Satire with a funny twist. In the novel The Princess Bride, William Goldman satirizes both fairy tales and the standard literary process through his characters and their actions. Westley, a poor farmer, falls in love with the far from perfect maiden, Buttercup, but has to sail away in order to find his fortunes. Years later, Buttercup, thinking that Westley abandoned her, is forcibly engaged to Prince Humperdinck, a cruel and calculating man. Vizzini, Fezzik, and Inigo, three mysterious kidnappers, abduct the princess in hopes of causing war between the great nations of Guilder and Florin. These events and characters mirror those in a common fairy tale, but with many twists to them. The author, William Goldman, uses both his role as the editor and writer to bring the fairy tale to new light, in order to ridicule the traditional literary structure. He is not actually editing his own novel, in fact he is intentionally including annotations that perhaps would normally be part of an editing process, but are included in The Princess Bride to mock tropes of other fairy tales and the literary process as a whole. Through the portrayal of his characters as archetypes and their flaws, in addition to his unorthodox writing style which allows his to annotate directly in the novel, Goldman satirizes both the literary process and the standard fairy tale.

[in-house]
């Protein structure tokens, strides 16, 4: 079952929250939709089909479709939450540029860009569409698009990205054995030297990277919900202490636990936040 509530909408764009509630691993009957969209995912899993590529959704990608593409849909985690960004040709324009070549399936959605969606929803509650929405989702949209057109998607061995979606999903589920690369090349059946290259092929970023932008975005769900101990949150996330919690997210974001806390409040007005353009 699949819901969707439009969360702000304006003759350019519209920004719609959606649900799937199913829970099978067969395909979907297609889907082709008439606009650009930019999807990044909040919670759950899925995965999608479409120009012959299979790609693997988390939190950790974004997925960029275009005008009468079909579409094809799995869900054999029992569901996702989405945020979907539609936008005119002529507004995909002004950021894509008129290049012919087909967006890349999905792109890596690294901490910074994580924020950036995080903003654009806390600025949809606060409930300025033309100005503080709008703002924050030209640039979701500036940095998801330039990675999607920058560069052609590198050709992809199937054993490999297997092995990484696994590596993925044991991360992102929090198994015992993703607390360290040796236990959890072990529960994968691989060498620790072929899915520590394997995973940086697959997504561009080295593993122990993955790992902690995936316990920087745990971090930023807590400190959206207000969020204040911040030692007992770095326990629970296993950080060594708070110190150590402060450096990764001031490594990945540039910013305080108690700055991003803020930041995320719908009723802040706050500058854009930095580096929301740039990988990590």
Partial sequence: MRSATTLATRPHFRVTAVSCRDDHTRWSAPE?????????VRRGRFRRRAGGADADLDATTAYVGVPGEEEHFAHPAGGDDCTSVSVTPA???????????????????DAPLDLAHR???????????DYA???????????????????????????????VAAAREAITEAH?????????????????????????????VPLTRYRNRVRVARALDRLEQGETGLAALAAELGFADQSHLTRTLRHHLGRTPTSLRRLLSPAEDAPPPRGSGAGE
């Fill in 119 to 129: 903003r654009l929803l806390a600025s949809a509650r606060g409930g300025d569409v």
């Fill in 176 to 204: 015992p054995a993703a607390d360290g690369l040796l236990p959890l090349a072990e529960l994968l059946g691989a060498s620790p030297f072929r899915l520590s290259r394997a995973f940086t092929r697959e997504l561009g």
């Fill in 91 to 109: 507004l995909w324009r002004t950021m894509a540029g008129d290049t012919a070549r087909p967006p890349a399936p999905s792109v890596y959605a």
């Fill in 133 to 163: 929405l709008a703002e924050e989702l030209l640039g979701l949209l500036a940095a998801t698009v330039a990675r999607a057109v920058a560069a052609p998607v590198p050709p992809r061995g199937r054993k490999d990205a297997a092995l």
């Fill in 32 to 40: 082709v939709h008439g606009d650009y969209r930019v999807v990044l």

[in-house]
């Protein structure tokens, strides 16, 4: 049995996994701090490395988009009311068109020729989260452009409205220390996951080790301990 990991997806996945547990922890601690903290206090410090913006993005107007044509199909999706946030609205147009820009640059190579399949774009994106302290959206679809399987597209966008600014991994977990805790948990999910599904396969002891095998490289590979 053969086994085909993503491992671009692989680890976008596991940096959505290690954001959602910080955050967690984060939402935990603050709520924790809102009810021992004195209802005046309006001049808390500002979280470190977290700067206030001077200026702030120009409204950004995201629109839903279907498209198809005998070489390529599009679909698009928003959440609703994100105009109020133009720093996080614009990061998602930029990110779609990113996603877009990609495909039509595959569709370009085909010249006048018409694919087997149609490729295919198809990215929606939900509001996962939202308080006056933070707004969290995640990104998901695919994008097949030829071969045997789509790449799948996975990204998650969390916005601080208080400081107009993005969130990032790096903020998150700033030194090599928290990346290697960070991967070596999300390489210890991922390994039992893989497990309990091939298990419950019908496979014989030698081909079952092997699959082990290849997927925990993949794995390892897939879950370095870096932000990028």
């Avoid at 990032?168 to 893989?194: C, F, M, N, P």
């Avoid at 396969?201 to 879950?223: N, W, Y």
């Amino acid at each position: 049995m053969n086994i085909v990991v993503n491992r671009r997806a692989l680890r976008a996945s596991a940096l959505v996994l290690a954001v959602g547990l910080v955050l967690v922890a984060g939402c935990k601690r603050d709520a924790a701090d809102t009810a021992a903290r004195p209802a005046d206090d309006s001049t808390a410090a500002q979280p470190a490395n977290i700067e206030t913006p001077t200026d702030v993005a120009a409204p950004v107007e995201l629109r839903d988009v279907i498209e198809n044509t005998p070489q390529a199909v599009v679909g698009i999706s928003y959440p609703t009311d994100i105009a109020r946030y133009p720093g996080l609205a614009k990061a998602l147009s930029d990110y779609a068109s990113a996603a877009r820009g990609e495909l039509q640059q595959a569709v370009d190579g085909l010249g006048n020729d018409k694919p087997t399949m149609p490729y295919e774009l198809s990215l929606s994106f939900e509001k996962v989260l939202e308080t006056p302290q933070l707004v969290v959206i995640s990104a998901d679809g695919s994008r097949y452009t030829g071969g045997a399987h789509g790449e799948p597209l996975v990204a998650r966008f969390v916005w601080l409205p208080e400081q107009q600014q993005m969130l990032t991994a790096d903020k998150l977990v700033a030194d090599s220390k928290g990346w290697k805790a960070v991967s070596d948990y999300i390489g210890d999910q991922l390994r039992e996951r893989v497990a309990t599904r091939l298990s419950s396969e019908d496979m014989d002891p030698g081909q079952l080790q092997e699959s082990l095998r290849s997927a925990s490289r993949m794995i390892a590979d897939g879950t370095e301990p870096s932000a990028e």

The Princess Bride is a fiction within a fiction, toying with the levels of reality. To accomplish the ingenious insanity that is The Princess Bride, author, William Goldman, brought together a variety of variables. The book is literally layers of information to analyze. Everything is questionable and made to leave you in controversy. Though the book had many things that make it an outstanding piece, from Goldman's interruptions to its unique beginning, the thing that plays the biggest part is Goldman's use of symbolism. Every aspect of the book seems to stem from somewhere or have some deeper meaning. This could just be our own imaginations or Goldman's intent, but one thing is for sure- Goldman wrote the book to force our imaginations to take over and think for themselves in this fictional fairytale where everything you read is false.
Journal of William Goldman's The Princess Bride
The princess bride is an incredibly entertaining book. Although it was written mostly as a parody it contains many themes. The developments seen in the dynamic characters are astounding ones. The theme, or motif, which I'm going to follow through the story is that of Fezzik and his quest for self confidence and a good self image. From the time that the novel starts to the end, Fezzik achieves a good self image.
In literature, satire allows readers or viewers to recognize how ridiculous things come about. Satire permits a reader or viewer to express a certain feeling. Usually this feeling evolves around hilarity. Within the satire category, exaggeration and irony exist. Exaggeration usually emphasizes something beyond the original intention. Irony expresses the opposite of the original meaning.
From climbing up 700 foot cliffs, fighting off unusually large rodents, and coming back from the dead, The Princess Bride is the story of an adventure that always keeps viewers on the edge of their seats. The journey is displayed through a Romance Narrative structure that is predictable, but engaging. The structure consists of aspects prominently displayed during the movie: innocence, initiation, challenges, the Underworld, and the Return. We follow the hero Westley as he makes his way through this mission fueled by his love for a woman named Buttercup and the lengths from which he will go to be with her.